Simon Cao Surfaces
Arasor is, in fact, a new manifestation of Corlux, a company that was founded by a bunch of people from Fujitsu Ltd.’s active components operations in early 2001. Cao joined Corlux about a year later, and soon after that Light Reading tracked him down and ran an article speculating on what Corlux was up to (see Tracking Simon Cao's Secret Startup).
Now we know. Cao told Light Reading yesterday that Corlux was making external modulators using lithium niobate (LiNbO3) -- the sort of modulators used for long-haul transmission networks. Some of them are on display at Arasor’s booth here (no. 3564).
The change of name, from Corlux to Arasor, reflects the fact that there’s not much of a market for such modulators right now, so Cao and team have adapted their technology for array processing applications.
In essence, Arasor is developing widgets that improve the performance of things like wireless antennas, scanning radar, and cable TV broadcast equipment. Cao says Arasor is already working with a big system vendor to develop the first product, which will go into field trials at the end of this year.
All of this makes use of the original technology developed by Corlux, which eliminates the need for expensive amplifiers when using lithium niobate modulators. Conventional LiNbO3 modulators need an input voltage between 5 and 6 volts, according to Cao. Corlux successfully reduced this to 0.7 V -- eliminating the need to amplify power coming from CMOS circuitry.
Arasor achieves this using 3D circuitry in lithium niobate. “It forces the electric field into a very confined region so it has the maximum contact with optics,” says Cao.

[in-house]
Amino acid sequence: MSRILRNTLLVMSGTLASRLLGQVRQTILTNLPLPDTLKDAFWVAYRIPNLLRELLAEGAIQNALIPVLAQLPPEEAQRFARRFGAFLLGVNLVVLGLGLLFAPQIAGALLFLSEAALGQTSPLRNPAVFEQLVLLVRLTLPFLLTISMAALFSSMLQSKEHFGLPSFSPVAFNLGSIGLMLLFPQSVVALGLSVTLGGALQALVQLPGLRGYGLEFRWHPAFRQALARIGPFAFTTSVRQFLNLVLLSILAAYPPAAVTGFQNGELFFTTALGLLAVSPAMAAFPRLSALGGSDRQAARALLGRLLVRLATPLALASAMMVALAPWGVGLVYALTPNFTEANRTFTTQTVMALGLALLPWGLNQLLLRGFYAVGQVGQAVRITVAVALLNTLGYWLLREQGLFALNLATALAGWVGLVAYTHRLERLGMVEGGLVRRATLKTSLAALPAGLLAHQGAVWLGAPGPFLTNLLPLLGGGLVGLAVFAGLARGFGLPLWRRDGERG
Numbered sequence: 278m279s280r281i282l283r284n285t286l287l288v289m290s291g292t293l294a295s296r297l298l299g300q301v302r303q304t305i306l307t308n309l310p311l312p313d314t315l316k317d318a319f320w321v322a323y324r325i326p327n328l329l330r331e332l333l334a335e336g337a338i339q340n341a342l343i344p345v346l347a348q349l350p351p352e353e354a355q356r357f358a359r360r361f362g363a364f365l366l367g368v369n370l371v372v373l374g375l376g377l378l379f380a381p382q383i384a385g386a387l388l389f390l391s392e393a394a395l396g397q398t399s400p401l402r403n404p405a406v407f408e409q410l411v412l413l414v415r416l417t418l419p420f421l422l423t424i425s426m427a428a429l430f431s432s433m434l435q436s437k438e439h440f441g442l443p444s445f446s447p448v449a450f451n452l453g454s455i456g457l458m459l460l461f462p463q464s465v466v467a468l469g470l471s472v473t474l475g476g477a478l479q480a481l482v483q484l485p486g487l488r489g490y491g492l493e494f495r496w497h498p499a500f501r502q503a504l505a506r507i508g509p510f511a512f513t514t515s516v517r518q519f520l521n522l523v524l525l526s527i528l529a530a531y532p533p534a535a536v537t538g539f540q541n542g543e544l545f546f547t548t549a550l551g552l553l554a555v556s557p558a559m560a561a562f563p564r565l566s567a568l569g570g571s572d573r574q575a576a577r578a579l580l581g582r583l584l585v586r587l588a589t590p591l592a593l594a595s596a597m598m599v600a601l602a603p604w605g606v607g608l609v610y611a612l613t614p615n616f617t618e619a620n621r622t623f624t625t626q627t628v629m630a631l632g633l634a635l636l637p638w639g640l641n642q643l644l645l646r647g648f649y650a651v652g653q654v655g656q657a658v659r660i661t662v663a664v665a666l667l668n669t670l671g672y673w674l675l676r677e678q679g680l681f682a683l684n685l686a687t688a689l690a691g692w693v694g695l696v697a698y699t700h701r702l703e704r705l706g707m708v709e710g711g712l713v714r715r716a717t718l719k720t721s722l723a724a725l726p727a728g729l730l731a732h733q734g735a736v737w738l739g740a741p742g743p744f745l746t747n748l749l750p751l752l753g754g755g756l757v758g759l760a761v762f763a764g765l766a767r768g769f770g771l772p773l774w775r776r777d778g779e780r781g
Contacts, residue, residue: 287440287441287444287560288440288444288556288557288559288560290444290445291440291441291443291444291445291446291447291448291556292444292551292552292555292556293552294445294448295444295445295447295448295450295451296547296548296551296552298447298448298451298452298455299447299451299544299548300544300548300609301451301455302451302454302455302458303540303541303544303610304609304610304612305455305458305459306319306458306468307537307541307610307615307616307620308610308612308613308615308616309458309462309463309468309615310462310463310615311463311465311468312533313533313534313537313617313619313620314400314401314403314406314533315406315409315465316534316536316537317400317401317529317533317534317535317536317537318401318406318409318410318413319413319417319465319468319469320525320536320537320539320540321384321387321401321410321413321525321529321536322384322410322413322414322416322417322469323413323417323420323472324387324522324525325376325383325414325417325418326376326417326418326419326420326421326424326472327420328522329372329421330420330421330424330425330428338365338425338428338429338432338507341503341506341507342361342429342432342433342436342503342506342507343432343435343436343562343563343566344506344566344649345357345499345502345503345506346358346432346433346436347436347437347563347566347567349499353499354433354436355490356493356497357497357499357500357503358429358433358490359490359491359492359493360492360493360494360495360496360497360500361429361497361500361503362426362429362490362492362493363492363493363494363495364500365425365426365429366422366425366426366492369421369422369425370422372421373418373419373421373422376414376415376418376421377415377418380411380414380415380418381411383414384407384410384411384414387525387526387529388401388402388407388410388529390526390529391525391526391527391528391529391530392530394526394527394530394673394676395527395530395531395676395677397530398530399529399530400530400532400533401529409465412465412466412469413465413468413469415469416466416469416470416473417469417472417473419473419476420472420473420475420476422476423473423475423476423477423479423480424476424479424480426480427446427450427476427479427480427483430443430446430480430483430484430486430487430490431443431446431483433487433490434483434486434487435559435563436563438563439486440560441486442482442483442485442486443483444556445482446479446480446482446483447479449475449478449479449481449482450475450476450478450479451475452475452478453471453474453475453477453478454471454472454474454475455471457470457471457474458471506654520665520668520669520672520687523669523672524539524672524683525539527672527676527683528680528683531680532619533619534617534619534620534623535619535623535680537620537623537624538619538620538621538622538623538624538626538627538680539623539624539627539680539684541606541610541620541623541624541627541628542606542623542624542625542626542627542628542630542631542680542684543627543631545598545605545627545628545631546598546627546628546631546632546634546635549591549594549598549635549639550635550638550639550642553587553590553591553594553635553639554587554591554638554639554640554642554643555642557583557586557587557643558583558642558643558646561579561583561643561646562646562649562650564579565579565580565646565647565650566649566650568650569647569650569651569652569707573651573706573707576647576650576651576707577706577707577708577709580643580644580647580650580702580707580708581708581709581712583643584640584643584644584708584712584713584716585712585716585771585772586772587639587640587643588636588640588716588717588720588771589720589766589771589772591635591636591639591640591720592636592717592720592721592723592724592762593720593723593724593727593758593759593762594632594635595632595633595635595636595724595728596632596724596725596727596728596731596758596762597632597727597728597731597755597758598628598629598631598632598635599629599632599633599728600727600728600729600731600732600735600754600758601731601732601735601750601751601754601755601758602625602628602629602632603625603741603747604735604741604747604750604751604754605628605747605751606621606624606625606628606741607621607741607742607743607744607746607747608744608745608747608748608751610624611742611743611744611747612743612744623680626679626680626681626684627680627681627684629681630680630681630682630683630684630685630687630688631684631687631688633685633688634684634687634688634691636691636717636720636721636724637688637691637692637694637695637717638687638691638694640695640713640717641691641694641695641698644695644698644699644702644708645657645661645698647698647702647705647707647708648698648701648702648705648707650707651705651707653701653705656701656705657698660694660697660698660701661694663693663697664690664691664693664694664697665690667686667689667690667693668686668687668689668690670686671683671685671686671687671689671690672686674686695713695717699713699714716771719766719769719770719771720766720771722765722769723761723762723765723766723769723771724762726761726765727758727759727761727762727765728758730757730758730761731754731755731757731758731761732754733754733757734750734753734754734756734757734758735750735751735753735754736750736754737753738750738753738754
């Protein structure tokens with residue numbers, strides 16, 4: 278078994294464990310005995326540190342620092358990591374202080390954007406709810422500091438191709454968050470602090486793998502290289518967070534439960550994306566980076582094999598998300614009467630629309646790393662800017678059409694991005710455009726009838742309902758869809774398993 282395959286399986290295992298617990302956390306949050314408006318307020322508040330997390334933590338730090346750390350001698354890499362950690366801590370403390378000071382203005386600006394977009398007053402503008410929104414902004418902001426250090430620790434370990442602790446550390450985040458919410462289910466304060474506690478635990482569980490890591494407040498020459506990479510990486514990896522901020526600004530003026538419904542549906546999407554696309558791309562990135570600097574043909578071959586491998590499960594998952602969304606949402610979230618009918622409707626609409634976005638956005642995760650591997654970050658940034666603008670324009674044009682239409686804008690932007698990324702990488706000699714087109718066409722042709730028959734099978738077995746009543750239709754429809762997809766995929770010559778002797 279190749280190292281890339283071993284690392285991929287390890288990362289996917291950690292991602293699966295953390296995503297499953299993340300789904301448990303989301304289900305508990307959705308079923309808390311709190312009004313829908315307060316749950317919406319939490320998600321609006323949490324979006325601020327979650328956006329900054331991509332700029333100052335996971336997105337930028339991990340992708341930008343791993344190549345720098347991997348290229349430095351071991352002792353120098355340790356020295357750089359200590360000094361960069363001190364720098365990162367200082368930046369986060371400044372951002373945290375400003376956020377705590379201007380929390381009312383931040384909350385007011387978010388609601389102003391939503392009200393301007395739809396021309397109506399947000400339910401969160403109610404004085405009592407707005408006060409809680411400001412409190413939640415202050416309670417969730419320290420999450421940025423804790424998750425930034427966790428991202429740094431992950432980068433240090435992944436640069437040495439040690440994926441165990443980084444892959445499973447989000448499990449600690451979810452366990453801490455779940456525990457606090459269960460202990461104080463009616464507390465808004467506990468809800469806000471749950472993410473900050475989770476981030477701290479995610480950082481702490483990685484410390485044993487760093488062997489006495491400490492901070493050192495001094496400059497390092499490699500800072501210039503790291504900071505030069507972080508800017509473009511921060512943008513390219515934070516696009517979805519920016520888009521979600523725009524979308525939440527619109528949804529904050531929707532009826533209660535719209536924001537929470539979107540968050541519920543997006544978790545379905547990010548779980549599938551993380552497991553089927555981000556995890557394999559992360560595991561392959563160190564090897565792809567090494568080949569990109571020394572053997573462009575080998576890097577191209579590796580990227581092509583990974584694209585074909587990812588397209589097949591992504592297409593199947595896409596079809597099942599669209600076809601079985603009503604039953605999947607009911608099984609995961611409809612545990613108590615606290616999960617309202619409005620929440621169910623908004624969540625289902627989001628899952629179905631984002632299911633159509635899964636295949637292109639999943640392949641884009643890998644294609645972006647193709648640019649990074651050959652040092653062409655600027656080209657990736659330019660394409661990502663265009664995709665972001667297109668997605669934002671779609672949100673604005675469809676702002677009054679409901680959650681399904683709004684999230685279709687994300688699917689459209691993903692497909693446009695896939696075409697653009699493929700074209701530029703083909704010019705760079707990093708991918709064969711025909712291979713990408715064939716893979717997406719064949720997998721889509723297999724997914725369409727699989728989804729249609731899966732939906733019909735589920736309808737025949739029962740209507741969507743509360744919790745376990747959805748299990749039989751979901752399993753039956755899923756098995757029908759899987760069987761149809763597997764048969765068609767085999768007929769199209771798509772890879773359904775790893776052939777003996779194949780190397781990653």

This not only improves the efficiency of the modulator but also shrinks its size enormously, according to Cao. “It increases density by a factor of 100. Usually, people get 50 modulators out of a four-inch wafer. We get 5,000.”
That, of course, means that Arasor might only need to produce one wafer every year or so, in the current market conditions, which explains why it's shifted product strategy.
In order to get into the array processing business, Arasor is buying in electronic chips and flip-chip bonding them to LiNbO3 devices it makes. Although the telecom recession has forced Cao to change course, he says it’s nice to have time to do real development work. “A couple of years ago, all the R&D was done in the marketing department,” he quips.
Arasor has a staff of only 17 -- seven in Japan, where the wafer fab is, and 10 in Fremont, Calif., where packaging is carried out. So far, the company has raised $10.5 million from business angels. Cao says Arasor will close its first round of VC funding soon. He declines to give further details but says the amount is “definitely less than $10 million.”
— Peter Heywood, Founding Editor, Light Reading
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